AIDS is a disease not just of sex but of sexism. In the Third World, where AIDS is most rampant, the disease spreads because male promiscuity is admired and female subservience expected. In southern Africa, where the disease takes its worst toll, men often have many sexual partners. Their wives and girlfriends are conditioned not to object. If they do, they may risk a beating. Few women have the self-confidence to insist on the use of a condom during sex. Many are not even aware that condoms are necessary.
Promiscuous men; compliant, uninformed women. The result is sadly predictable. Worldwide, more than 16 million women have the AIDS virus and last year 1.3 million died as a result. In Botswana, eye of the AIDS storm, 30 per cent of women under the age of 25 have the virus, while the rate for men is about half that. Surveys have shown that half the young women in countries such as Haiti, Zaire and Zambia are completely unaware of the risk of having unprotected sex. As long as the man appears to be healthy, they believe it is all right.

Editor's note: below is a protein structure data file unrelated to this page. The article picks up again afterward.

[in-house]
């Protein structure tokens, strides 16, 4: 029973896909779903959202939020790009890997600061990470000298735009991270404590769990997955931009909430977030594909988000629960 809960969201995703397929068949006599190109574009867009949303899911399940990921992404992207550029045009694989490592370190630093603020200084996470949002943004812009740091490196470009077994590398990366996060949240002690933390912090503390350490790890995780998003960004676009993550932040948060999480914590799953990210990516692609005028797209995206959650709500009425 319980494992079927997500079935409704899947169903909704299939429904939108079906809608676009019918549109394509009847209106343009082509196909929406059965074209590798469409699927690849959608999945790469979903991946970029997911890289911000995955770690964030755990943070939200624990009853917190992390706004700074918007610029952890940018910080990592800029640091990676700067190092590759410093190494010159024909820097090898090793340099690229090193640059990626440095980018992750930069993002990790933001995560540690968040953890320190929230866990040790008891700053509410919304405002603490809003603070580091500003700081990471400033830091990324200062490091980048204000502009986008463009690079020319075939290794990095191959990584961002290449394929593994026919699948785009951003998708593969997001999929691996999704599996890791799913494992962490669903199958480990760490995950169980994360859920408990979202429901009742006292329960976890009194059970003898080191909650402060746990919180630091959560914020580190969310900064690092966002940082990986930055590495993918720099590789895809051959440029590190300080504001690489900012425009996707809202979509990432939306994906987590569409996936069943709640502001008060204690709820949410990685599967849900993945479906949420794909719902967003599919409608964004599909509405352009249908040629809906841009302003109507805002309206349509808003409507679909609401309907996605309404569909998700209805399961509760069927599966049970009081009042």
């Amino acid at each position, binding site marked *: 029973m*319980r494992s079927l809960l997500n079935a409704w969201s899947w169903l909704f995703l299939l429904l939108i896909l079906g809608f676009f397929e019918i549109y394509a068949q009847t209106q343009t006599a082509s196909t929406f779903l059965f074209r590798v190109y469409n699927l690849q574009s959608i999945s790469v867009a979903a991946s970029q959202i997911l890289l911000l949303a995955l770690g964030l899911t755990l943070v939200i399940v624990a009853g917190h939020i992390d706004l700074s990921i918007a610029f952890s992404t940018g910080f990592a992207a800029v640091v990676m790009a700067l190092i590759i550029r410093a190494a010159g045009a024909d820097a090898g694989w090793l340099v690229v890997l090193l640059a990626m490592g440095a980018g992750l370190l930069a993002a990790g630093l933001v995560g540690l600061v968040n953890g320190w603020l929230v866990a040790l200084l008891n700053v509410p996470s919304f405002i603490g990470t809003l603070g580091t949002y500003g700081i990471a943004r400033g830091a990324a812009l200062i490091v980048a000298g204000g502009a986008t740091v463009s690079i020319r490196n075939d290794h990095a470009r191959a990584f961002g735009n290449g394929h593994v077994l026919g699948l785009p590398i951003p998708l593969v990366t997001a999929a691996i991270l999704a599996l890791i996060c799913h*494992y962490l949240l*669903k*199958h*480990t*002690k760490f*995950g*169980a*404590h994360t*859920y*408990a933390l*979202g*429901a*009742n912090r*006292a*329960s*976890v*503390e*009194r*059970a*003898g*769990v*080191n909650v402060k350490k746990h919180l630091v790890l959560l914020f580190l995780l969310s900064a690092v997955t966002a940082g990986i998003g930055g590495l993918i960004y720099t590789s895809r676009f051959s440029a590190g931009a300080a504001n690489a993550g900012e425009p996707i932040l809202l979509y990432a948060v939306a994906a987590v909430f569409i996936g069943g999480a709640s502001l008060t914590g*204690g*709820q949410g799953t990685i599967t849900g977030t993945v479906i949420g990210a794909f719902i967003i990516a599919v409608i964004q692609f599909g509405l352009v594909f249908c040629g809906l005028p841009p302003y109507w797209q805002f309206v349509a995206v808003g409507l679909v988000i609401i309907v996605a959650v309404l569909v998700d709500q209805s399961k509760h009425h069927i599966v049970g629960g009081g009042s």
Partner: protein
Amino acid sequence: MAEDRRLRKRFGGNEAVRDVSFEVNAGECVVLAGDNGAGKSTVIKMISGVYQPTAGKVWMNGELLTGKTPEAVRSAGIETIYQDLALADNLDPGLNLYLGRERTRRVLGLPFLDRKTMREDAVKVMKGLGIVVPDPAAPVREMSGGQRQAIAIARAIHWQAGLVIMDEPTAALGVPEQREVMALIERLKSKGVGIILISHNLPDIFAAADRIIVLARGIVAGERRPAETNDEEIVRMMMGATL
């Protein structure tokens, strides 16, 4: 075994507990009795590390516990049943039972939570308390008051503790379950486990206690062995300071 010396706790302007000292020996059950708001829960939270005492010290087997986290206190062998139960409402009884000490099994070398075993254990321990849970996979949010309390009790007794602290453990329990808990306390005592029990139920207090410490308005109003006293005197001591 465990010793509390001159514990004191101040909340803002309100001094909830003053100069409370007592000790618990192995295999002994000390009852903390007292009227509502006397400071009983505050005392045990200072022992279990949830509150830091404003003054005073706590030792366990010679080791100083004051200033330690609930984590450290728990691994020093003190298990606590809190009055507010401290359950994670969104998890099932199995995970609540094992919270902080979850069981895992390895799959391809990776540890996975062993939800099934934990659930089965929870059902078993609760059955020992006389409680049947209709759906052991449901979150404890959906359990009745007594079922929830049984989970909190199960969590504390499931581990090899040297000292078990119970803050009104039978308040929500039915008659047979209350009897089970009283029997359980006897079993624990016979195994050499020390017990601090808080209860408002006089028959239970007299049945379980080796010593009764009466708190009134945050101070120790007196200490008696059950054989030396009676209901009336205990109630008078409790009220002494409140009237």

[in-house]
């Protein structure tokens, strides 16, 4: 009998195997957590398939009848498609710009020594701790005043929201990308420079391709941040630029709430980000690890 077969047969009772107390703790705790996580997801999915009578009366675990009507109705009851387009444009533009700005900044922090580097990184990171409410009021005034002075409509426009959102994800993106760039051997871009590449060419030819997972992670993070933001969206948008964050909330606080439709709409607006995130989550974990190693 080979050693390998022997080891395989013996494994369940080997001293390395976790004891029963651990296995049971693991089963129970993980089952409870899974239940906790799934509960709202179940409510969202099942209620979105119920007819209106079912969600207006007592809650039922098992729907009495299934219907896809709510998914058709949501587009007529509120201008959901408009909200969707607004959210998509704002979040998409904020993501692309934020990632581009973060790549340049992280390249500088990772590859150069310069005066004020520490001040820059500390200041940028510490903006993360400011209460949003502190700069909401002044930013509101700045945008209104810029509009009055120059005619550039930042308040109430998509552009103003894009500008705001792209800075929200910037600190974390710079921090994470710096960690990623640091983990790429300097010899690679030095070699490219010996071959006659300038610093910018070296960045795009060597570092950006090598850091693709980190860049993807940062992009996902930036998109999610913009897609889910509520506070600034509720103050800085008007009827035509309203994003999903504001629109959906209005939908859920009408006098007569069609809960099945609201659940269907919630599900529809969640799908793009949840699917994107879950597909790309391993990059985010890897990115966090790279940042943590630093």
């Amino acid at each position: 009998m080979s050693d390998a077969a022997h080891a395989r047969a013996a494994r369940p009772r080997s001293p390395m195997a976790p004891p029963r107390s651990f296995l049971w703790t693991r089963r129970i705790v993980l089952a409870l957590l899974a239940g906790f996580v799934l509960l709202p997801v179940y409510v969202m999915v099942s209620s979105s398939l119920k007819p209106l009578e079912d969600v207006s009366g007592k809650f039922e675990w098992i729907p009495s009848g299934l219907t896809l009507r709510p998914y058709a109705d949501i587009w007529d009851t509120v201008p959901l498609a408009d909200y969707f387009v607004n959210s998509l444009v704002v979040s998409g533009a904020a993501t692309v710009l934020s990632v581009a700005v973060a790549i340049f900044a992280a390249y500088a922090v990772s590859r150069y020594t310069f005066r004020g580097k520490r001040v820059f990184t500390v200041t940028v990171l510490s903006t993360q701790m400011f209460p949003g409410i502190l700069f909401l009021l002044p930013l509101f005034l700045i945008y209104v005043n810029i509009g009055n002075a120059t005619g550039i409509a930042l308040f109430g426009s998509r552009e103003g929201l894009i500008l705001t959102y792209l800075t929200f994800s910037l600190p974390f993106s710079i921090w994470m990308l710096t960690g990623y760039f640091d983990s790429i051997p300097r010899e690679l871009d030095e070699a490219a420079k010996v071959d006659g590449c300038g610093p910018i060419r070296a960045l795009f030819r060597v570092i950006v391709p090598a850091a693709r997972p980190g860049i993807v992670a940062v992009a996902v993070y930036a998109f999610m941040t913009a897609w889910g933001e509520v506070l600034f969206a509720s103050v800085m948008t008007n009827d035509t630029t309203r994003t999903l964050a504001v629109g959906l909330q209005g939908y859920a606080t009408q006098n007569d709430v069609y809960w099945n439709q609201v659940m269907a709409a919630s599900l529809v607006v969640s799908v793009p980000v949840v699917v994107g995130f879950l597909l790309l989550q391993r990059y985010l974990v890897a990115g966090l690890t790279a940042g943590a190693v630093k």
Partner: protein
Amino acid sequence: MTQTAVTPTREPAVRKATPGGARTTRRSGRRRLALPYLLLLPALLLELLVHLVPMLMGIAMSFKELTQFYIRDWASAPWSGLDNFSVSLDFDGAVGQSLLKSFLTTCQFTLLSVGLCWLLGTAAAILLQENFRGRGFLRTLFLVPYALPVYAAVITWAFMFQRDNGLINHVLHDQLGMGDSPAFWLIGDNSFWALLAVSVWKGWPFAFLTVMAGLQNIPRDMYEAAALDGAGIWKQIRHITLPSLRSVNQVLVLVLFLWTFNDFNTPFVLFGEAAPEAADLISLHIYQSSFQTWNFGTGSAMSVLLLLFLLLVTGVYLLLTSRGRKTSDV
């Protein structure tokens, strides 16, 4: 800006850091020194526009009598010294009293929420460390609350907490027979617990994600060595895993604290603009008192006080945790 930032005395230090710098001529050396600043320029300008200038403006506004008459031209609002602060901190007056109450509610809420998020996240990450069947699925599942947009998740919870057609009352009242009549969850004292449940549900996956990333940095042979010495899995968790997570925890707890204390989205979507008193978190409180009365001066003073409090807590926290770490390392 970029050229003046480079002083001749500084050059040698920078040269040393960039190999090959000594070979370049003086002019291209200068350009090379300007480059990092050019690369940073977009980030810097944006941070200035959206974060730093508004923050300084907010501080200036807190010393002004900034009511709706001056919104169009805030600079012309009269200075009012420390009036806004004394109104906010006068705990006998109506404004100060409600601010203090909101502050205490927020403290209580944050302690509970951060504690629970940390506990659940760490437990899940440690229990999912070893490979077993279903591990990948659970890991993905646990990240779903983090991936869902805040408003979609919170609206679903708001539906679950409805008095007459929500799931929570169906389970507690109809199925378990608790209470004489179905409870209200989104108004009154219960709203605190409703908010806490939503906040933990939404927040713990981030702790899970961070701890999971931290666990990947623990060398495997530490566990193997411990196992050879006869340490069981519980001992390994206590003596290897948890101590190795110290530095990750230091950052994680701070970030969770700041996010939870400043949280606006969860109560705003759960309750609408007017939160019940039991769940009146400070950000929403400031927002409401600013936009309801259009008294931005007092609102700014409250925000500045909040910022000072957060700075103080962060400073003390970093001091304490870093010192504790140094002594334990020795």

These women are victims of their own powerlessness. Because their status in society is so low, they cannot or do not take the measures they should to protect themselves from a deadly disease. That is why improving the status of women -- along with changing the behaviour of men -- is so important in the fight against AIDS. Unless women gain the power to say no, the disease will continue its relentless spread.
Empowering women in developing countries will not be easy. It has taken at least a century of struggle in the developed world, and the job is still far from complete. Everyone needs to feel better than someone, and men in developing countries will not readily give up their social position or their sexual freedom.
But progress can be made. Educating women in developing countries has proved an effective method of improving community health, so investing in schooling for girls should be a priority. So should providing information to young women about the dangers of having unprotected sex. Knowledge is power, and women will continue to be in danger as long as they live under the curse of ignorance.
Yesterday, at a special United Nations session, a parade of sober statesmen talked about how to fight the AIDS pandemic. They talked about a multi-billion-dollar fund to fight the disease. They talked about making anti-retroviral drugs more available to the poor. They talked about the need to erase the stigma carried by the disease.
Good ideas all. But until women can lift the yoke of oppression from their necks, until they can take some control of their sexual lives, even the most creative programs for fighting AIDS are bound to come up short.